Oct 19, 2018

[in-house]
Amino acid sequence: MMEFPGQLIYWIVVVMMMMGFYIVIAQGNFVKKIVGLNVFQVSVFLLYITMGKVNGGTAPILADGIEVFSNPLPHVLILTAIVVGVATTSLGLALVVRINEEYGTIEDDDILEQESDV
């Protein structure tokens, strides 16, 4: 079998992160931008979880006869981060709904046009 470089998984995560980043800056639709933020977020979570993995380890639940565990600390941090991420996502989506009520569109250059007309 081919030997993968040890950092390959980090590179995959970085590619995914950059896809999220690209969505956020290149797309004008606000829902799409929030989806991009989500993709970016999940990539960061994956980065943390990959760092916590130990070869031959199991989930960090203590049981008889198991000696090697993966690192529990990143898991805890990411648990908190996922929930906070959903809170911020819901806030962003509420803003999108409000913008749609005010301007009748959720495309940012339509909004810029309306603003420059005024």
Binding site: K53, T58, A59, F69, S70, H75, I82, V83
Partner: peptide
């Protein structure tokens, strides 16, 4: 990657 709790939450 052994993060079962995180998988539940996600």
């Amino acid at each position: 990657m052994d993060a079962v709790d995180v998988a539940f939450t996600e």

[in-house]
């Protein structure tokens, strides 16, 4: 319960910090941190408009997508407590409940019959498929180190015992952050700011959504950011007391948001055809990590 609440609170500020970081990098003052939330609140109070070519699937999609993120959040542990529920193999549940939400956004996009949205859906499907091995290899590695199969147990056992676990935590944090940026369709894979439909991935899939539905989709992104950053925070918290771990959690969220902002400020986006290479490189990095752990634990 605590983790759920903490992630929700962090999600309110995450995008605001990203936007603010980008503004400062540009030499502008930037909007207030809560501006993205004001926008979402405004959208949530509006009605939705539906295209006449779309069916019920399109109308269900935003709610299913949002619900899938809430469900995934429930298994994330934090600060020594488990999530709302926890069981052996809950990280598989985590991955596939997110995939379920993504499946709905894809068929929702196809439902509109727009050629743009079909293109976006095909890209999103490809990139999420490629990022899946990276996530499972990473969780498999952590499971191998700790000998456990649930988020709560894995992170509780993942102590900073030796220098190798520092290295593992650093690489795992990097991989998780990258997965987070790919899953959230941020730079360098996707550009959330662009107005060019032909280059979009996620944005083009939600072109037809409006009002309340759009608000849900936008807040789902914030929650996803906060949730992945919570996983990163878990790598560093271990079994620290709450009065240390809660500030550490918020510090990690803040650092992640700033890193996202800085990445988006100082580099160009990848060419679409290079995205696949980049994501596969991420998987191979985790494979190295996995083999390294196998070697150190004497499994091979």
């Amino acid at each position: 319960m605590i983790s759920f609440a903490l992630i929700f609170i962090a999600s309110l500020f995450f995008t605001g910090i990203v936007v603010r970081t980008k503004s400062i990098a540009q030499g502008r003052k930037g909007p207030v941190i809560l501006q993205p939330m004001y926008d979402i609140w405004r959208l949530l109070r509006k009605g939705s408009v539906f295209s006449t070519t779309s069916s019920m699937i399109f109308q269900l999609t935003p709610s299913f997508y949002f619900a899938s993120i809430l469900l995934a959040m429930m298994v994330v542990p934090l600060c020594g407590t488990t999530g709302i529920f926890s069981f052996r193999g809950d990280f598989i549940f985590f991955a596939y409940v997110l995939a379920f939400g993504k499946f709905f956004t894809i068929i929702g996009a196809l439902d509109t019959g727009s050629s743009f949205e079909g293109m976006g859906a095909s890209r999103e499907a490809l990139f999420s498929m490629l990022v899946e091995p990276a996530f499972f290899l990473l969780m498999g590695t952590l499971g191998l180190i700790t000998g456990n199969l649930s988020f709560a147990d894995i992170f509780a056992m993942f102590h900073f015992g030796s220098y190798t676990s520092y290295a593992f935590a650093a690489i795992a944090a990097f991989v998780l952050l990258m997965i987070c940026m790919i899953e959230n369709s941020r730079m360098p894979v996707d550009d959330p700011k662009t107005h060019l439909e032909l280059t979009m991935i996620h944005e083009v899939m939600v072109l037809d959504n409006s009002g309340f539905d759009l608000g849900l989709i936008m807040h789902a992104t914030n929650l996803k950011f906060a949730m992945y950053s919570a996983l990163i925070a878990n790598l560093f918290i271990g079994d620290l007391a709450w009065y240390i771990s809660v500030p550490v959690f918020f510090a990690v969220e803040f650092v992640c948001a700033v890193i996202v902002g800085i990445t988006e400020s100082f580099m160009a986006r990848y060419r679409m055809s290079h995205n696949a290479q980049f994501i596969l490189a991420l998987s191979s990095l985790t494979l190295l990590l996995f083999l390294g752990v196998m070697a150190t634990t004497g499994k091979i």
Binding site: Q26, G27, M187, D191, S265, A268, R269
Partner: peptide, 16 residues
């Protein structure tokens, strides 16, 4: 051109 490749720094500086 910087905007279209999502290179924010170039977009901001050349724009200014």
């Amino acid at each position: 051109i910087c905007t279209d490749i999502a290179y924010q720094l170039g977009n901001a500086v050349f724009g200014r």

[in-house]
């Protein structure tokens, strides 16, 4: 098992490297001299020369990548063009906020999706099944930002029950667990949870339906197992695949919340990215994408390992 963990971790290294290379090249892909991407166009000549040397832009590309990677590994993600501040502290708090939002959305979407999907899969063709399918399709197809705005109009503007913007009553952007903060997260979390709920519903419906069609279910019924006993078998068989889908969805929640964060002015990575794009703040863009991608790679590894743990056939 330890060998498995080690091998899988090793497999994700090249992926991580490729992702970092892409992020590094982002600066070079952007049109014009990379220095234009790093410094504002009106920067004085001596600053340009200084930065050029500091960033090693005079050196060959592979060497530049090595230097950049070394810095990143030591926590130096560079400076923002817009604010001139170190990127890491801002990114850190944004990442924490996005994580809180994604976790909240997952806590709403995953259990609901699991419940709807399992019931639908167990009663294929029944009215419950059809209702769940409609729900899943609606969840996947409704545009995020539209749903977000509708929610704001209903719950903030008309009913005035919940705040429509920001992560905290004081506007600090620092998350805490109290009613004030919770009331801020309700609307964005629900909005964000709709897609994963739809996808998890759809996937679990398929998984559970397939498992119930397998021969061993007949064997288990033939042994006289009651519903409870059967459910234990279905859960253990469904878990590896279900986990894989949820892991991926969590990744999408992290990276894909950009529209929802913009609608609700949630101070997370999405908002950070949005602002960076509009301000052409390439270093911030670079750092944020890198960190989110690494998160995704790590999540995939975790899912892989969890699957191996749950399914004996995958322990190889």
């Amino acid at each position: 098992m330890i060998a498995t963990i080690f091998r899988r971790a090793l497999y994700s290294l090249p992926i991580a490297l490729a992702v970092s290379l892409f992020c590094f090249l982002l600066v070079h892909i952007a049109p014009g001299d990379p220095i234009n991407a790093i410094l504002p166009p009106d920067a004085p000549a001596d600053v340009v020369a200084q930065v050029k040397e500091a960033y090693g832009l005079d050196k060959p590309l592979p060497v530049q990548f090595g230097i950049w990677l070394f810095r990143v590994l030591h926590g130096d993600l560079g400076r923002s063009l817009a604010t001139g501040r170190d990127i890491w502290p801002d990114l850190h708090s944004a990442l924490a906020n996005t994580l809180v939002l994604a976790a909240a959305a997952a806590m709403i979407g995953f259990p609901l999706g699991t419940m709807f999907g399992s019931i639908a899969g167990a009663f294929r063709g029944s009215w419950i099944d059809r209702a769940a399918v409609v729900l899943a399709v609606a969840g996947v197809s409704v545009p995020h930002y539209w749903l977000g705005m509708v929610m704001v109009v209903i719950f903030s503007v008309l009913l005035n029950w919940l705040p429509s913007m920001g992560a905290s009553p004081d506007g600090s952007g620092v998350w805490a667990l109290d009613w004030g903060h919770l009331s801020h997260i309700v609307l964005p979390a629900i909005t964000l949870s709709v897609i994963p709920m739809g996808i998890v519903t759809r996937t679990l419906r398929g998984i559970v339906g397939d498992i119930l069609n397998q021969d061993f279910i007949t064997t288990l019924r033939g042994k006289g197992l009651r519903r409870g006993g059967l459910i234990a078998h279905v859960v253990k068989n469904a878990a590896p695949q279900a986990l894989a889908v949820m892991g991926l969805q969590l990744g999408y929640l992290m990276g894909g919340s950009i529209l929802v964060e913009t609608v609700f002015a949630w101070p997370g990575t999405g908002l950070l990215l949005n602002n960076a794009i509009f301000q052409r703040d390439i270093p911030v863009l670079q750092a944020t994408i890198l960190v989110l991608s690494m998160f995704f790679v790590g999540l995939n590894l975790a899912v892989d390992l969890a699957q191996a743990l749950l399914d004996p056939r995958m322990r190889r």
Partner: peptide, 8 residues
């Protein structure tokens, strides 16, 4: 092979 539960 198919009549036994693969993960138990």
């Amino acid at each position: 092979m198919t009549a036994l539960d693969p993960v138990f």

Andy and Dave discuss the “Transparency by Design Network” (TbD-net), research from MIT Lincoln Lab that uses a collection of modular neural nets to perform specific image identification subtasks. The resulting output places heat-map blobs over objects in an image, which allows a human analyst to see how a module is interpreting the image (and to use that information to further improve the model’s accuracy). In research from DeepMind and the University of Oxford, researchers attempt to solve the problem that neural nets have in not manipulating numerical information well outside of the range of values encountered during training. Researchers created a Neural Accumulator and a Neural Arithmetic Logic Unit (in essence, representing numerical quantities as individual neurons without a nonlinearity) to allow a system to learn to represent and manipulate numbers in a systematic way. Georgia Tech has developed a machine learning-based method to automate the generation of novel video games, using Super Mario Bros, Mega Man, and Kirby’s Adventure as inputs. And Kate Crawford and Vladan Joler have created a massive visualization of the many processes that make an Amazon Echo work, in the “Anatomy of an AI system.” DARPA celebrates its 60th anniversary with a 184-page paper that highlights its research over the last 60 years; Google launches a “What-If Tool” for probing datasets at a non-coding level; Neural Networks and Learning Machines (3rd Edition) by Simon Haykin is available for free. Robin R. Murphy curates information on “Robotics Through Science Fiction” (and more); all of the keynotes and presentations from the Joint Multi-Conference on Human-Level Artificial Intelligence are available online, likely requiring a week of vacation to view them all; and the 11th International Conference on Swarm Intelligence will be in Rome at the end of October 2018.